Cookies on the London Fire Brigade website

We have placed cookies on your device to help make this website better. To find out more or to learn how to change your computer settings on our cookies page.

Last updated: 09/07/2018, 6:16 PM

Christmas campaign to target time wasters and hoax callers

14/12/2015 00:00

A man with rings stuck on his penis and a kitten with its head trapped in a bongo drum are amongst a host of bizarre incidents to be highlighted by us as part of a Christmas Twitter campaign.

We'll be tweeting about some of the time-wasting and non-emergency calls it has received in a bid to drive down incidents in the capital.

All of the incidents will follow a festive theme and will feature the hashtag #12DaysXmas(opens in a new window). We hope to reach millions of Twitter users, urging them to only dial 999 in a genuine emergency.

The incidents include a man with rings stuck on his penis (five gold rings), a goose trapped on a roof (six geese a laying), and a woman wanting firefighters to warm up her baby's milk (eight maids a milking).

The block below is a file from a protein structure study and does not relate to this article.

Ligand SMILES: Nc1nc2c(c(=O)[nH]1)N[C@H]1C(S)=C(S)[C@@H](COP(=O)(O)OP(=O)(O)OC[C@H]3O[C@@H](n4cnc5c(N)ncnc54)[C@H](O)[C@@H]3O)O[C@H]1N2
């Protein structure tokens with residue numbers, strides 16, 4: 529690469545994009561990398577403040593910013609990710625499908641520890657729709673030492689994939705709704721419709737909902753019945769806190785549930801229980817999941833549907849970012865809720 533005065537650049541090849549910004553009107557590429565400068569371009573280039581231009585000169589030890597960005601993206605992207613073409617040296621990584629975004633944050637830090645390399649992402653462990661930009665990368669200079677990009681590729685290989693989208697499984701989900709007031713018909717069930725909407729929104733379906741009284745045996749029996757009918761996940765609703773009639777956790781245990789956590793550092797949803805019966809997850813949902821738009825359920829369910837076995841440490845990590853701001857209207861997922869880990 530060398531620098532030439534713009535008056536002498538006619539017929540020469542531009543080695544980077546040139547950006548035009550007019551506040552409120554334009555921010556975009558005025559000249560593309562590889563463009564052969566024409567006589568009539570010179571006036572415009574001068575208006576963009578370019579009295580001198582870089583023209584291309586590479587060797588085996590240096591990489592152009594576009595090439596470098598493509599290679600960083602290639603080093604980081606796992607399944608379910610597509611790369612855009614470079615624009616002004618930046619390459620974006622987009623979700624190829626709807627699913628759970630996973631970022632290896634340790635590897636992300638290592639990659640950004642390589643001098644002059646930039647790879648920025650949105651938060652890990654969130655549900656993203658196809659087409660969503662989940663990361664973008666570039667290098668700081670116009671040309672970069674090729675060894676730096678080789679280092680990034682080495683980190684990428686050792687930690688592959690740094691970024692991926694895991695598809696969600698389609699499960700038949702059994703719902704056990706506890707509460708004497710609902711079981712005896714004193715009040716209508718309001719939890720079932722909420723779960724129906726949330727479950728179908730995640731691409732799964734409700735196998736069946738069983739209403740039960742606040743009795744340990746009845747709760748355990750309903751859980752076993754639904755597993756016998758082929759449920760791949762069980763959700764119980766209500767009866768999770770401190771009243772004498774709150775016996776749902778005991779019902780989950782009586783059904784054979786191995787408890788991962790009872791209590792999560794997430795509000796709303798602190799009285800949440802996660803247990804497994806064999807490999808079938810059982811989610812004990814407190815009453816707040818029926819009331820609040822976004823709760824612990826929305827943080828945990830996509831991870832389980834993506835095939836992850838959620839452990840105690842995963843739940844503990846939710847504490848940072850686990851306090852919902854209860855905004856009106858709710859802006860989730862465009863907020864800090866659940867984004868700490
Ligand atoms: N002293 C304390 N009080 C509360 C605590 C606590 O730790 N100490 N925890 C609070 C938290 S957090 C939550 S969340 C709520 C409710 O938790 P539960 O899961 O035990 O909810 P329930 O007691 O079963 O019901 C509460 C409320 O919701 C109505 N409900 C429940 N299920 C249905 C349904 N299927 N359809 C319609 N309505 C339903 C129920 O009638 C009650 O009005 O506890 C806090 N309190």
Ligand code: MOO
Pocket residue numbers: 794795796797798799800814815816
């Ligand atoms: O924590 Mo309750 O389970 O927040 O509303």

Hoax calls

Christmas hoax calls stats

Recent statistics from the Brigade show that in the last five years (2010-2014), there have been:

  • 8,600 hoax calls 
  • 1,543 instances of people stuck or trapped in everyday objects such as toilet seats, instruments and furniture
  • 2,868 animal rescues – the Brigade urges the public to always call the RSPCA if an animal is trapped
  • 187,335 false alarms resulting from automatic fire alarms

'Wouldn't believe some of the incidents'

Our Director of Operations, Dave Brown, said: "It's a bit of festive fun, but the message is serious – don’t call 999 unless it's a genuine emergency.

"You wouldn't believe some of the incidents crews are called out to, including a woman who asked if firefighters could warm her baby’s milk up and several people with rings stuck on their genitals.

"We are also keen to reduce the number of animals firefighters are called to rescue and want people to call the RSPCA if they see an animal stuck, not 999.

"We are regularly called to deal with a lot of incidents which could be avoided. We want everyone to have a good Christmas, but remember that silly pranks and time wasting calls cost us time, money and resources."